Third, I hasten to point out that most European nations have more restrictions on abortions than some American states. Most European states, with a few exceptions, are allergic to abortion after 24 weeks of pregnancy. However, in many US states, abortion can go right up to the moment of birth.
Fourth, Roe vs. Wade was symbolic of who is in control of America. White religious conservatives or White political progressives! Roe vs. Wade was a symbol of cultural influence, power, hegemony, and ascendency. Roe vs. Wade was the “flag” in a political game of “capture the flag.” The religious right wants the ascendency, but so does the progressive left. Call me cynical, but the progressive left is not truly pro-woman anymore than the religious right is truly pro-life!
To the progressives, if they are so pro-woman, then why do they freeze with paralysis with it comes to defining a woman? Why do they refuse to reject sex-based abortions of babies for being female? Why do they refuse to speak up for the 28% of women who are coerced, often with threats of violence, into having an abortion by a partner? Why do they denigrate pro-life women, many of whom are women of color? The progressive left is only selectively pro-women.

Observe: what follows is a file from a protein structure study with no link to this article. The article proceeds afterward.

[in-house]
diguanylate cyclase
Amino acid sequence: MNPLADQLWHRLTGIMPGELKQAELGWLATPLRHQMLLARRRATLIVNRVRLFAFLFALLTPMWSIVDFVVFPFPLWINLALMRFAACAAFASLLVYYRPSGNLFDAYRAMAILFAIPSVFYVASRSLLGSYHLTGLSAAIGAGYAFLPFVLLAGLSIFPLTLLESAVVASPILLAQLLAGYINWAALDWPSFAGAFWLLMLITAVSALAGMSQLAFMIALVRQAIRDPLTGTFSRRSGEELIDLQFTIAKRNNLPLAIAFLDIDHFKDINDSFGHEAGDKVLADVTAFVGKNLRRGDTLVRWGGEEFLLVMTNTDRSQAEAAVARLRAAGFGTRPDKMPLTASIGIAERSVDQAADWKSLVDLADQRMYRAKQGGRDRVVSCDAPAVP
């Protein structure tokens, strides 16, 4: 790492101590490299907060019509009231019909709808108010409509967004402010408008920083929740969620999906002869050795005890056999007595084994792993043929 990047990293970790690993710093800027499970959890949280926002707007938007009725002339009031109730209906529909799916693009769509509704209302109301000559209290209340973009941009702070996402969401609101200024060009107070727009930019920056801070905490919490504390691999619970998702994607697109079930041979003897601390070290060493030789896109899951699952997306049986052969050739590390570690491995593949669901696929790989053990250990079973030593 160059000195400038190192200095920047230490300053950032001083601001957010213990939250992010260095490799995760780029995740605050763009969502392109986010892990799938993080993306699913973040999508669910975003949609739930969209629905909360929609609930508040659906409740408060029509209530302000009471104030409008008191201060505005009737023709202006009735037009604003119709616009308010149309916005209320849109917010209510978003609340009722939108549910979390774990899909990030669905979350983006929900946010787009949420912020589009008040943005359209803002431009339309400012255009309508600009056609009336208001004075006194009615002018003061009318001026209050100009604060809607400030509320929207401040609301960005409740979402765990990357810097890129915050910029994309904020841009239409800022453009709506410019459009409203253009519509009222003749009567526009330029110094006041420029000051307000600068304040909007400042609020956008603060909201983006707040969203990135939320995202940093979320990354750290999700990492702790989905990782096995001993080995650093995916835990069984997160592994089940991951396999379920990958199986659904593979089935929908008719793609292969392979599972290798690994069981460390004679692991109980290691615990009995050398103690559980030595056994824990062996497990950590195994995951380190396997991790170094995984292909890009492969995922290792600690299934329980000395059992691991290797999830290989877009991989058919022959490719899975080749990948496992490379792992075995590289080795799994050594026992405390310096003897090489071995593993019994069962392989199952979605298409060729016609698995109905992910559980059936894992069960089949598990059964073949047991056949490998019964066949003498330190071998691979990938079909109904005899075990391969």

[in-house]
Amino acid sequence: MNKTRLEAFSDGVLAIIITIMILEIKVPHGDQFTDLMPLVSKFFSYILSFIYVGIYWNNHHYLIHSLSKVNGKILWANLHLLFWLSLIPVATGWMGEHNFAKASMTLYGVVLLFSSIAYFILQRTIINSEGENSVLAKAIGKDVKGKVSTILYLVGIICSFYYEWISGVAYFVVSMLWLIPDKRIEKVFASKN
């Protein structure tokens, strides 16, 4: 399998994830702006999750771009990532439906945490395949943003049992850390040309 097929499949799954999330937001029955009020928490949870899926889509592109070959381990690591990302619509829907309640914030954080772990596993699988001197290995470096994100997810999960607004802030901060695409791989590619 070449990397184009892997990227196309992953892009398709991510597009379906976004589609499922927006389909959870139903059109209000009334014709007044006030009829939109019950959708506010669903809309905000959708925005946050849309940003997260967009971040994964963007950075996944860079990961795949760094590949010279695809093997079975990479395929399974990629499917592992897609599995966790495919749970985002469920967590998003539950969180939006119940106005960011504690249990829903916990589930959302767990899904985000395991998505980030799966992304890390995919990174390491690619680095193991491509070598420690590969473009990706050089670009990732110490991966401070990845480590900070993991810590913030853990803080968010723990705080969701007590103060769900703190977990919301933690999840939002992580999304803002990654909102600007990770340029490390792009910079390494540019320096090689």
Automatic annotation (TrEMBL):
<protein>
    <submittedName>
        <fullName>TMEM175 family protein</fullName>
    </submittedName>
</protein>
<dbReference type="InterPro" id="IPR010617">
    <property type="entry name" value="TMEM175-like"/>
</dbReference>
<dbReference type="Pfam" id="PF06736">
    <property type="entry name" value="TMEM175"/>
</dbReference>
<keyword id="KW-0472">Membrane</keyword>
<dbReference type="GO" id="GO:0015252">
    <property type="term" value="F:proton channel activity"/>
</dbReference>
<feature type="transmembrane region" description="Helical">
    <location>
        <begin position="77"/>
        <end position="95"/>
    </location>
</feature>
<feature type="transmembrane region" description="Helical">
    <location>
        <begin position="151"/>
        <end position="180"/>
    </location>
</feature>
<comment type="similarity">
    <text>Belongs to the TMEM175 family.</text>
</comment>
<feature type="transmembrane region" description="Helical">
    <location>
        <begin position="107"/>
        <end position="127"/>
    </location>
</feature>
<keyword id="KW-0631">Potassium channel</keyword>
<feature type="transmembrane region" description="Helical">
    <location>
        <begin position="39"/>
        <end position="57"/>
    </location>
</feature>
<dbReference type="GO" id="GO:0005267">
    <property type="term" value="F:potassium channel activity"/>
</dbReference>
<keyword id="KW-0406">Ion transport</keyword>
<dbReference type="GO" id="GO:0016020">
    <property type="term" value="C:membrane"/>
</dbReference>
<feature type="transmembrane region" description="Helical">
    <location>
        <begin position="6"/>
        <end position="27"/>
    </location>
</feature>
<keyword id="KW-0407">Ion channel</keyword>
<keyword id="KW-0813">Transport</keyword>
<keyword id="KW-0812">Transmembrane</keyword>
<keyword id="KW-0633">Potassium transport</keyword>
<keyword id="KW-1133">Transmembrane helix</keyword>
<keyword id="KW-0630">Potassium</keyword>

To the conservatives, the overturning of Roe vs. Wade was the fulfilment of the prayers, hopes, and dreams of the religious right. However, I think that subsequent actions will prove that the American pro-life movement was not always, perhaps not ever, a truly pro-life movement. With the overturning of Roe vs. Wade, will the pro-life movement now proceed to protest and petition for free healthcare for pregnant women, paid maternity leave, safe housing, and subsidized childcare for families? I know some pro-lifers will embrace that, but the vast, vast majority will not. For many on the religious right, over-turning Roe vs. Wade was merely the symbol of their ascendency, saving babies was just a bonus.